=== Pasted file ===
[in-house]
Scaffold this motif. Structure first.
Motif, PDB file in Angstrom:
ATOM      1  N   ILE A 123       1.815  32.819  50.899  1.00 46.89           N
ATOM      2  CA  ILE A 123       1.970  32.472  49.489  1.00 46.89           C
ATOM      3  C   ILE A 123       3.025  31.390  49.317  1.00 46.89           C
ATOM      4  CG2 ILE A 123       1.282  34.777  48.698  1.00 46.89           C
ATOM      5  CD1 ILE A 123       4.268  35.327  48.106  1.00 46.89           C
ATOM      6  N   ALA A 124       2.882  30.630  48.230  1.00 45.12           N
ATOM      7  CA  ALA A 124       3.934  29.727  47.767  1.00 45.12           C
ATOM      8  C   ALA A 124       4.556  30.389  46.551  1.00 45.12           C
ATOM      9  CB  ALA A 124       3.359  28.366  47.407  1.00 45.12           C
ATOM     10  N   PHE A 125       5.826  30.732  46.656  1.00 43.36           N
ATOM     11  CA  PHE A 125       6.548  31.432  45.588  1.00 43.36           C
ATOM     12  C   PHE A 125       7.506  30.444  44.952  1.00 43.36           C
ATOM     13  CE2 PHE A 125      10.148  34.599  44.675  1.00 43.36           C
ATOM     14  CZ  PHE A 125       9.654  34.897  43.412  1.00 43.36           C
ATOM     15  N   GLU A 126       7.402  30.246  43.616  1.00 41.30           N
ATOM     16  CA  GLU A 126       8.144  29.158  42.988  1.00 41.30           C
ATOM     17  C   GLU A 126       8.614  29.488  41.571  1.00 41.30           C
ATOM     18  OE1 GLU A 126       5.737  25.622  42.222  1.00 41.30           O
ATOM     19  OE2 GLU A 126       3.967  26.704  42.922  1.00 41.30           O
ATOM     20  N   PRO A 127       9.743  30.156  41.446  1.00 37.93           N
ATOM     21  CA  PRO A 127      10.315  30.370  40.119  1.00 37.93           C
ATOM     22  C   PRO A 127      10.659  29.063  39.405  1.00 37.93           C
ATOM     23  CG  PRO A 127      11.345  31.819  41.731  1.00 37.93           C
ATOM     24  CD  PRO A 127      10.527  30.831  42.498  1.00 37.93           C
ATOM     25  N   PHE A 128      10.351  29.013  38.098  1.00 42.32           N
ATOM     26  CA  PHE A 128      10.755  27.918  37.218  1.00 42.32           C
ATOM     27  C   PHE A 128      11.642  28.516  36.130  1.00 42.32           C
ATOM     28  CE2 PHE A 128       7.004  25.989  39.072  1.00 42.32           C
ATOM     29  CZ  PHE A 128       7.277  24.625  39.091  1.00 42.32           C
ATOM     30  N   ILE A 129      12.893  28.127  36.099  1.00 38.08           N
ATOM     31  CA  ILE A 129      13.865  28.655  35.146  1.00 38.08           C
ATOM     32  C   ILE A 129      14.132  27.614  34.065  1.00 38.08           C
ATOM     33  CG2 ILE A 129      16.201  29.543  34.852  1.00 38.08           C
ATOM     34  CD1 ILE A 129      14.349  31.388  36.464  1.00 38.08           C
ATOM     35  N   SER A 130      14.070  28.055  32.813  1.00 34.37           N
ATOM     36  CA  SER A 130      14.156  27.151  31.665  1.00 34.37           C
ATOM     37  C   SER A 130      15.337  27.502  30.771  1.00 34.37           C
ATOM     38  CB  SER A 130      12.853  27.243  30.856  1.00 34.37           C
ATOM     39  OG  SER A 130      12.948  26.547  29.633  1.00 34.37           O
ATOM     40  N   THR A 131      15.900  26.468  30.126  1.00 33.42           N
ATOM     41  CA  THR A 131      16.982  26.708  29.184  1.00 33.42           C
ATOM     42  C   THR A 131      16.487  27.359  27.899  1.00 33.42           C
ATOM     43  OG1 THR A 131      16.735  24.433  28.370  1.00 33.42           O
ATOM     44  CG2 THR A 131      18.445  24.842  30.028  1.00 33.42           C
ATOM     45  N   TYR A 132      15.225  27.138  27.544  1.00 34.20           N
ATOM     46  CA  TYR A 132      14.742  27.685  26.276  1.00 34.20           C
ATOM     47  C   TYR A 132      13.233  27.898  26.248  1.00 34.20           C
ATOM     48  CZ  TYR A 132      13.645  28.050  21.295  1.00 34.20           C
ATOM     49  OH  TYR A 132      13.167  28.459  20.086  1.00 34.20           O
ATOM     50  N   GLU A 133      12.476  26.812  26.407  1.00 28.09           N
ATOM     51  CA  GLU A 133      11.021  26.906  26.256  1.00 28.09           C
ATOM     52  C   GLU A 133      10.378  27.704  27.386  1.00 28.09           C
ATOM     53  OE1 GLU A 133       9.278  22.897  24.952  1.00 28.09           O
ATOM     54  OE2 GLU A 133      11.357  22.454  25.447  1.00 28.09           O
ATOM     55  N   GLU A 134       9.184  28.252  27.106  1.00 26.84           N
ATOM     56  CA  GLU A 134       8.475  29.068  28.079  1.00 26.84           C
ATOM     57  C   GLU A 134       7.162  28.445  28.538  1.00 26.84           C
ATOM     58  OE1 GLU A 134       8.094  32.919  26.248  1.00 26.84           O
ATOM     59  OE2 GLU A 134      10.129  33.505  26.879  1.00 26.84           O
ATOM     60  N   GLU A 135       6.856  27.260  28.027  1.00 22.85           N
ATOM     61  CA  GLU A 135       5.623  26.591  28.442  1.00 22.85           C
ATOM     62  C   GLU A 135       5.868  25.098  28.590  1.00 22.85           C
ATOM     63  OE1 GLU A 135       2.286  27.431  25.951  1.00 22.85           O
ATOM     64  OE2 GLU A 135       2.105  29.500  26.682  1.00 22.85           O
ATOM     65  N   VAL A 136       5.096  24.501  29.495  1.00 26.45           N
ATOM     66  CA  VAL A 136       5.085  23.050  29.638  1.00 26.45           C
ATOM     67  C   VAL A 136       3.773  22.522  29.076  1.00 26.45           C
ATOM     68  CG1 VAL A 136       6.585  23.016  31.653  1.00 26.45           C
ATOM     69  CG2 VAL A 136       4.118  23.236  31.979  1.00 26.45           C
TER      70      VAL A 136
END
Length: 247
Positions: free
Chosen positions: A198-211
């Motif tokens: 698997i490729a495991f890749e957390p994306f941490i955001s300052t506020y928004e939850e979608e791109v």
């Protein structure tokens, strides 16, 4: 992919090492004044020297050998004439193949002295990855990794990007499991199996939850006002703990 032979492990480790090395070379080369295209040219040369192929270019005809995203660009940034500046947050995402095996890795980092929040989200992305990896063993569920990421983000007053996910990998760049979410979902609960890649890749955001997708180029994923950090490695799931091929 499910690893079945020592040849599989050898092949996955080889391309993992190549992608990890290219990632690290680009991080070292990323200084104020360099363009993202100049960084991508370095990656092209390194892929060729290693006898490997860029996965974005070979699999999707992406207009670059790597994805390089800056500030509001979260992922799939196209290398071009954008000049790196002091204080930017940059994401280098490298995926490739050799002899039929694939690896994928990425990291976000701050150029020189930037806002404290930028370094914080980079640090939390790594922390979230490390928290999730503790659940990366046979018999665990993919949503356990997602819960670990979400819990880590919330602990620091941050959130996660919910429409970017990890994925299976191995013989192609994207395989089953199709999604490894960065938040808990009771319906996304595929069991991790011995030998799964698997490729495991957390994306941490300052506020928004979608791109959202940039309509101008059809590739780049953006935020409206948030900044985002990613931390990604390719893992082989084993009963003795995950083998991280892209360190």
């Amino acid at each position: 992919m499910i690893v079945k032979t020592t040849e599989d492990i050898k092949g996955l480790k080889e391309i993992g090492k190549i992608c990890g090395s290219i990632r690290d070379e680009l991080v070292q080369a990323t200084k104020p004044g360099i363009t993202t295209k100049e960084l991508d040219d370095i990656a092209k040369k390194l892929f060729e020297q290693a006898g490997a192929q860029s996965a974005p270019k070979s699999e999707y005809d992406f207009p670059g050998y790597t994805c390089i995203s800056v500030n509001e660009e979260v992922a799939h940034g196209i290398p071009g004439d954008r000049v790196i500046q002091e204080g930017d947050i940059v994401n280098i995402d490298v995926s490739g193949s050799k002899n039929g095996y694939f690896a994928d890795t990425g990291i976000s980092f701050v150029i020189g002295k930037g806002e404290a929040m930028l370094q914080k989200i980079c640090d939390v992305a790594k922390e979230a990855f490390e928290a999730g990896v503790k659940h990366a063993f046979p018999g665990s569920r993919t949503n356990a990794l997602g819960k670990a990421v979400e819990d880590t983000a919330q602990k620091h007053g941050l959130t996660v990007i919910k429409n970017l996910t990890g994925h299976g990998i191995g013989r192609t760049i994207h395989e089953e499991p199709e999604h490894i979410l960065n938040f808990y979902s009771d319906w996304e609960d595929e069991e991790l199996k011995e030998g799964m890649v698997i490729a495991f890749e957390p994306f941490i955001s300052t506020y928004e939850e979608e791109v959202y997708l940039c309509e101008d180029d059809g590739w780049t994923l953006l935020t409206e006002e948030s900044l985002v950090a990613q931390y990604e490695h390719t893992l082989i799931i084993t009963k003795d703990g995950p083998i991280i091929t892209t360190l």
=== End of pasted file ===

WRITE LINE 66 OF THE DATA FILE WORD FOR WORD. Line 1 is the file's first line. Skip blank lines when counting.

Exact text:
ATOM     63  OE1 GLU A 135       2.286  27.431  25.951  1.00 22.85           O